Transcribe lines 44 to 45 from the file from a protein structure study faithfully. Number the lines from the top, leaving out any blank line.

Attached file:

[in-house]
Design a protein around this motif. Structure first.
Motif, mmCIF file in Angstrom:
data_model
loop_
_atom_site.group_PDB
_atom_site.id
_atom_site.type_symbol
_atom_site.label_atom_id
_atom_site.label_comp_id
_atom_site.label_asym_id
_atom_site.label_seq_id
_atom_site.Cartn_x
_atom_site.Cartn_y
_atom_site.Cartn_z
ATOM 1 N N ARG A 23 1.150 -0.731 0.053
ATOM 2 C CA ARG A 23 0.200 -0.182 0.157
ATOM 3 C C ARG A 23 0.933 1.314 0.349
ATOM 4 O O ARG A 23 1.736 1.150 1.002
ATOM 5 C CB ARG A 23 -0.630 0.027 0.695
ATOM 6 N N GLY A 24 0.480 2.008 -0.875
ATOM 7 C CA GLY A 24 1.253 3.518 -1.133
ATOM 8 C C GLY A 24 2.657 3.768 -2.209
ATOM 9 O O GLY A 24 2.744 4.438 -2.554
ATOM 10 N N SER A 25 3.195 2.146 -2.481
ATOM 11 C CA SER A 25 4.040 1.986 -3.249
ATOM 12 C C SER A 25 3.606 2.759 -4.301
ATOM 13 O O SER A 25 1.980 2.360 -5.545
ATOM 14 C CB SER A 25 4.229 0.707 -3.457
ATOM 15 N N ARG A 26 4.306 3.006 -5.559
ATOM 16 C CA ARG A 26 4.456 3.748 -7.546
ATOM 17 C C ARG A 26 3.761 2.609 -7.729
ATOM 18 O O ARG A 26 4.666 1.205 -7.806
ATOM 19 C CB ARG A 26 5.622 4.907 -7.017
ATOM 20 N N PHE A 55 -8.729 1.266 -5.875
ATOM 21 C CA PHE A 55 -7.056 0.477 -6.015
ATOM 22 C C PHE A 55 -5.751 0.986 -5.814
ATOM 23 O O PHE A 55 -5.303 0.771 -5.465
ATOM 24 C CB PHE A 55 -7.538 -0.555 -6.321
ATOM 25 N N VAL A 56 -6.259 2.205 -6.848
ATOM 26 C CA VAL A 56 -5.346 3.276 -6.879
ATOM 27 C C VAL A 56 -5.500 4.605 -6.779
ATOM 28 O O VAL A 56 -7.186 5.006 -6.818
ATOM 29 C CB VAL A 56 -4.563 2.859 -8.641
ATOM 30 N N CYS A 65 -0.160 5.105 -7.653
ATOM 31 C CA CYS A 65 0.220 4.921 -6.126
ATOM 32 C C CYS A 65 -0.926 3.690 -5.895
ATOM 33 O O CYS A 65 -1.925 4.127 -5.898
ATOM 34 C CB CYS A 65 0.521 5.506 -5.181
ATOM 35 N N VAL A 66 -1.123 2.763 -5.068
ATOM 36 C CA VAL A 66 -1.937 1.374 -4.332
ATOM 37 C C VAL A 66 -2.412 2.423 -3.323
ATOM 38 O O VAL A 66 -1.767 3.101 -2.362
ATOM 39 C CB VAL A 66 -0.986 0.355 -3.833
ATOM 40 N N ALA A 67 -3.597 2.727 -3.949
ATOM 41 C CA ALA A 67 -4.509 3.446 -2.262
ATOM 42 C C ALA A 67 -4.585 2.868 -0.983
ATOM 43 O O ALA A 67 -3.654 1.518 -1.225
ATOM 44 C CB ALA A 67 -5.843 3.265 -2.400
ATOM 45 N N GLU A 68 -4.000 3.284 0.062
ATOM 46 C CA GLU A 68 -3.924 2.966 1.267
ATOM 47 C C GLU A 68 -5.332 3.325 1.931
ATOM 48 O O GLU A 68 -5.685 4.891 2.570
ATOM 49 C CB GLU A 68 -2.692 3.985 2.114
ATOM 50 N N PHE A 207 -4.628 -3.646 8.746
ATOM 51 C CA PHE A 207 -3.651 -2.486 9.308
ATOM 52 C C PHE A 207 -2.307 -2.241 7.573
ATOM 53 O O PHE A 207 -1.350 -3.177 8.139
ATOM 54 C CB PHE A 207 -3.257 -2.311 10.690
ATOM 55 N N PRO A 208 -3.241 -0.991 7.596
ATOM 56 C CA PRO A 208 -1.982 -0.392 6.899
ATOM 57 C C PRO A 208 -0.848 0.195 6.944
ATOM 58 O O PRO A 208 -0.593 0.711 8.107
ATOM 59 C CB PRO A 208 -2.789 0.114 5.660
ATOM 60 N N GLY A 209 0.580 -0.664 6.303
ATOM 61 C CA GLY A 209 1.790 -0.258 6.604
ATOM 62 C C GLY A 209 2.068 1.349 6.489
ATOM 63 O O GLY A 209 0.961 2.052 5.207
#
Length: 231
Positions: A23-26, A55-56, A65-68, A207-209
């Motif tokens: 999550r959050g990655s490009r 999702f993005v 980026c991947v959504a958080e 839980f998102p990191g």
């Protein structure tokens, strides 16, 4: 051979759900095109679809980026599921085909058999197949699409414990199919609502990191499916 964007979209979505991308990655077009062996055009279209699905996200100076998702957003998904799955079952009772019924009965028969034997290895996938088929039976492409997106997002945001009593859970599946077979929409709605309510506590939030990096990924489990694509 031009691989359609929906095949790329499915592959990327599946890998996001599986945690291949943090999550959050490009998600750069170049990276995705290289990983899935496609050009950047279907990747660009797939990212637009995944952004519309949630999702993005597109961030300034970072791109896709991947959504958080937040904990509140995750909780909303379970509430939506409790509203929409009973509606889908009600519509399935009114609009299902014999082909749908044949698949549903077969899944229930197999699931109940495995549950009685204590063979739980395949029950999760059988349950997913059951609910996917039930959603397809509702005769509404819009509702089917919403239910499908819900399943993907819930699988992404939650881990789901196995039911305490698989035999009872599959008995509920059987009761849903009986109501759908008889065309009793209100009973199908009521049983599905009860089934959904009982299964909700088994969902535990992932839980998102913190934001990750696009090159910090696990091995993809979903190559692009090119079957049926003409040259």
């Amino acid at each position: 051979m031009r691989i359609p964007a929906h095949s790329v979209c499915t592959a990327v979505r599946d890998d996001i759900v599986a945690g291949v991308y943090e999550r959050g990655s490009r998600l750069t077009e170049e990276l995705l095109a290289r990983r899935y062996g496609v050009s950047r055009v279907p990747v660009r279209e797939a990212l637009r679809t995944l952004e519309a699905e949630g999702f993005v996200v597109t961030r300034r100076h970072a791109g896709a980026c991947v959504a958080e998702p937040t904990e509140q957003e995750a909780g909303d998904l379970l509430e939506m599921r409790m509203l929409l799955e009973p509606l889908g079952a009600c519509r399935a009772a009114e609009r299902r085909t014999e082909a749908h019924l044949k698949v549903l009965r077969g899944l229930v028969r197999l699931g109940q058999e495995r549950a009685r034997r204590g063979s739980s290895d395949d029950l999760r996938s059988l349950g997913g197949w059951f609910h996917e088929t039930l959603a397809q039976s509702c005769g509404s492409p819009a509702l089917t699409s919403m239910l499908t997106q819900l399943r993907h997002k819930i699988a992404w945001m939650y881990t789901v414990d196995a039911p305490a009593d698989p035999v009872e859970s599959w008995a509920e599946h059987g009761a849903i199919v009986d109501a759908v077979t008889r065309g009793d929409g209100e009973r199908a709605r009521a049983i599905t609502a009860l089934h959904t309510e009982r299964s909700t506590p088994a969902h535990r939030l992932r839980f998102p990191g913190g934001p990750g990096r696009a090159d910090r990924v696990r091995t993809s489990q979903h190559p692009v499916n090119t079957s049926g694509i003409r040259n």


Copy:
ATOM 29 C CB VAL A 56 -4.563 2.859 -8.641
ATOM 30 N N CYS A 65 -0.160 5.105 -7.653